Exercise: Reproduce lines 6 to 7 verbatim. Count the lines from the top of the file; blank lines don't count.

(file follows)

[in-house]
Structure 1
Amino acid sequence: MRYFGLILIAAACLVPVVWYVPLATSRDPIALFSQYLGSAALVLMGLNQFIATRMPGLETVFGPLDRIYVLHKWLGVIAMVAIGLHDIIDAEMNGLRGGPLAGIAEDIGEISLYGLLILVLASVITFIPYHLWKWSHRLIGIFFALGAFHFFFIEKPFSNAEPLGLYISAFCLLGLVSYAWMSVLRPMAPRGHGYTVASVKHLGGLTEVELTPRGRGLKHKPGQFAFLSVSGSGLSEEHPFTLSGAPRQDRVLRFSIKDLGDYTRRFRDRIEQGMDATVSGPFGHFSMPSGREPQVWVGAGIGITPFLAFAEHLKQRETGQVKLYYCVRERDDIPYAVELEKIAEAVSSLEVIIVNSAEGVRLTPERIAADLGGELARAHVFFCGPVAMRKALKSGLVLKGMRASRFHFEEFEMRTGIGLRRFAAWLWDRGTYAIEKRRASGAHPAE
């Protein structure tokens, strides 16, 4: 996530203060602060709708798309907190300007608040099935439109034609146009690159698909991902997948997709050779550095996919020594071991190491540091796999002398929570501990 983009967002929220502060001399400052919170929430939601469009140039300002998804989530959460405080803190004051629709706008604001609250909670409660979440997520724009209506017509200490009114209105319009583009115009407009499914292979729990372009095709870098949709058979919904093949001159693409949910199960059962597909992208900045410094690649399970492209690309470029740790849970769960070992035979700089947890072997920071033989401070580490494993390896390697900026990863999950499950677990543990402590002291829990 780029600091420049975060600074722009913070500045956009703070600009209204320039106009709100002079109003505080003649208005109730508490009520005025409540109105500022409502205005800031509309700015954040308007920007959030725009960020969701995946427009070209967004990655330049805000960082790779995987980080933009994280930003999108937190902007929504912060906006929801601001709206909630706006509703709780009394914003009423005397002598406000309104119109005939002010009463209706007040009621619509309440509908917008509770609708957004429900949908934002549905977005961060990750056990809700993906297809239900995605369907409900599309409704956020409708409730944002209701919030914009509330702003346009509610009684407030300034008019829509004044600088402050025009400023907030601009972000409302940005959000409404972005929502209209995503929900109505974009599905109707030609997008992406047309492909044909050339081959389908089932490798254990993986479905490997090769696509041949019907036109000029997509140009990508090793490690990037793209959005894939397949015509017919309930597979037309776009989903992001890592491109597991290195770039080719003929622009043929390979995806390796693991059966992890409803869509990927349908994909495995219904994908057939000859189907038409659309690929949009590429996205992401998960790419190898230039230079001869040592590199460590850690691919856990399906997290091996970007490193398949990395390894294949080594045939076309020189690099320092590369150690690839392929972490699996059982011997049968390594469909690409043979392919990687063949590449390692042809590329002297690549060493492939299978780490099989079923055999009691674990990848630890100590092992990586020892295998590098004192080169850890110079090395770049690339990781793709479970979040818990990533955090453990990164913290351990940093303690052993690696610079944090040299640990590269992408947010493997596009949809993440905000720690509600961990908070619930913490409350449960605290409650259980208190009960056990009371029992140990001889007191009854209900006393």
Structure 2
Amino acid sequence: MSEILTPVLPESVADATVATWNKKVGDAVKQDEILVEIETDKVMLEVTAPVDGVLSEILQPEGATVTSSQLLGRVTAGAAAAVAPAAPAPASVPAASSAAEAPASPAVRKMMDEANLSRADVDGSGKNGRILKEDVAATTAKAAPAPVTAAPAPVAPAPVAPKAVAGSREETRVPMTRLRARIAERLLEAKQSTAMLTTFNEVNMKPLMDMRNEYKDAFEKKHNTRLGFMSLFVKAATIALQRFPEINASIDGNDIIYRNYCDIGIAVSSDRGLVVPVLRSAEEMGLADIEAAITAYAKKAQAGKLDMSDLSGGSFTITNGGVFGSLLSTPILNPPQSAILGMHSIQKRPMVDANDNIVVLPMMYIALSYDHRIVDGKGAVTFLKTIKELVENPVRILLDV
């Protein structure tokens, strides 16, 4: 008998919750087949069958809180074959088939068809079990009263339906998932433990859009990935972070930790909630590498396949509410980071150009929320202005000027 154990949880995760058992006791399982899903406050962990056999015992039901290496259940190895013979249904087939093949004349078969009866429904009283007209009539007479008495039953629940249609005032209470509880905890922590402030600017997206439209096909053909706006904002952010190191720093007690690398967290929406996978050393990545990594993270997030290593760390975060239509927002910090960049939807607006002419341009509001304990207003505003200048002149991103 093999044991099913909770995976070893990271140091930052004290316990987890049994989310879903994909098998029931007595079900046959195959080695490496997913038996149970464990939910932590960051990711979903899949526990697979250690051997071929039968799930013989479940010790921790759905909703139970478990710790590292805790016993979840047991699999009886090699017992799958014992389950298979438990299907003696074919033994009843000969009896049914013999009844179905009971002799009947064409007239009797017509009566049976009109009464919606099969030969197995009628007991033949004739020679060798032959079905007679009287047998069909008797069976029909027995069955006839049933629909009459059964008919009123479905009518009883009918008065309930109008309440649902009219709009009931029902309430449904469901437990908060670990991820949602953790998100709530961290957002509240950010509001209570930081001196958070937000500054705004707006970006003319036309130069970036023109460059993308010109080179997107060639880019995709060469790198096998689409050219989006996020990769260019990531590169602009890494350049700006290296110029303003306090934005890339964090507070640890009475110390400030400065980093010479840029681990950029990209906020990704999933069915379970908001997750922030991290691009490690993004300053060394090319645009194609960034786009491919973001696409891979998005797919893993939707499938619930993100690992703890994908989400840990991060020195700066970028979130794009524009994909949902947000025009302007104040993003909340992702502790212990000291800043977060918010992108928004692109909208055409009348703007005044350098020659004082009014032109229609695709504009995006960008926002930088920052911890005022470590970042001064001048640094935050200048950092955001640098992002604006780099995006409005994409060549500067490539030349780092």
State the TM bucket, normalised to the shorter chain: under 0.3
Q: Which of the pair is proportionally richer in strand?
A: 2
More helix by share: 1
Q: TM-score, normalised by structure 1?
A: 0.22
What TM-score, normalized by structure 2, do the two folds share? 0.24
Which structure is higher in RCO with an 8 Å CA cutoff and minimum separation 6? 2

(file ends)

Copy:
Amino acid sequence: MSEILTPVLPESVADATVATWNKKVGDAVKQDEILVEIETDKVMLEVTAPVDGVLSEILQPEGATVTSSQLLGRVTAGAAAAVAPAAPAPASVPAASSAAEAPASPAVRKMMDEANLSRADVDGSGKNGRILKEDVAATTAKAAPAPVTAAPAPVAPAPVAPKAVAGSREETRVPMTRLRARIAERLLEAKQSTAMLTTFNEVNMKPLMDMRNEYKDAFEKKHNTRLGFMSLFVKAATIALQRFPEINASIDGNDIIYRNYCDIGIAVSSDRGLVVPVLRSAEEMGLADIEAAITAYAKKAQAGKLDMSDLSGGSFTITNGGVFGSLLSTPILNPPQSAILGMHSIQKRPMVDANDNIVVLPMMYIALSYDHRIVDGKGAVTFLKTIKELVENPVRILLDV
């Protein structure tokens, strides 16, 4: 008998919750087949069958809180074959088939068809079990009263339906998932433990859009990935972070930790909630590498396949509410980071150009929320202005000027 154990949880995760058992006791399982899903406050962990056999015992039901290496259940190895013979249904087939093949004349078969009866429904009283007209009539007479008495039953629940249609005032209470509880905890922590402030600017997206439209096909053909706006904002952010190191720093007690690398967290929406996978050393990545990594993270997030290593760390975060239509927002910090960049939807607006002419341009509001304990207003505003200048002149991103 093999044991099913909770995976070893990271140091930052004290316990987890049994989310879903994909098998029931007595079900046959195959080695490496997913038996149970464990939910932590960051990711979903899949526990697979250690051997071929039968799930013989479940010790921790759905909703139970478990710790590292805790016993979840047991699999009886090699017992799958014992389950298979438990299907003696074919033994009843000969009896049914013999009844179905009971002799009947064409007239009797017509009566049976009109009464919606099969030969197995009628007991033949004739020679060798032959079905007679009287047998069909008797069976029909027995069955006839049933629909009459059964008919009123479905009518009883009918008065309930109008309440649902009219709009009931029902309430449904469901437990908060670990991820949602953790998100709530961290957002509240950010509001209570930081001196958070937000500054705004707006970006003319036309130069970036023109460059993308010109080179997107060639880019995709060469790198096998689409050219989006996020990769260019990531590169602009890494350049700006290296110029303003306090934005890339964090507070640890009475110390400030400065980093010479840029681990950029990209906020990704999933069915379970908001997750922030991290691009490690993004300053060394090319645009194609960034786009491919973001696409891979998005797919893993939707499938619930993100690992703890994908989400840990991060020195700066970028979130794009524009994909949902947000025009302007104040993003909340992702502790212990000291800043977060918010992108928004692109909208055409009348703007005044350098020659004082009014032109229609695709504009995006960008926002930088920052911890005022470590970042001064001048640094935050200048950092955001640098992002604006780099995006409005994409060549500067490539030349780092």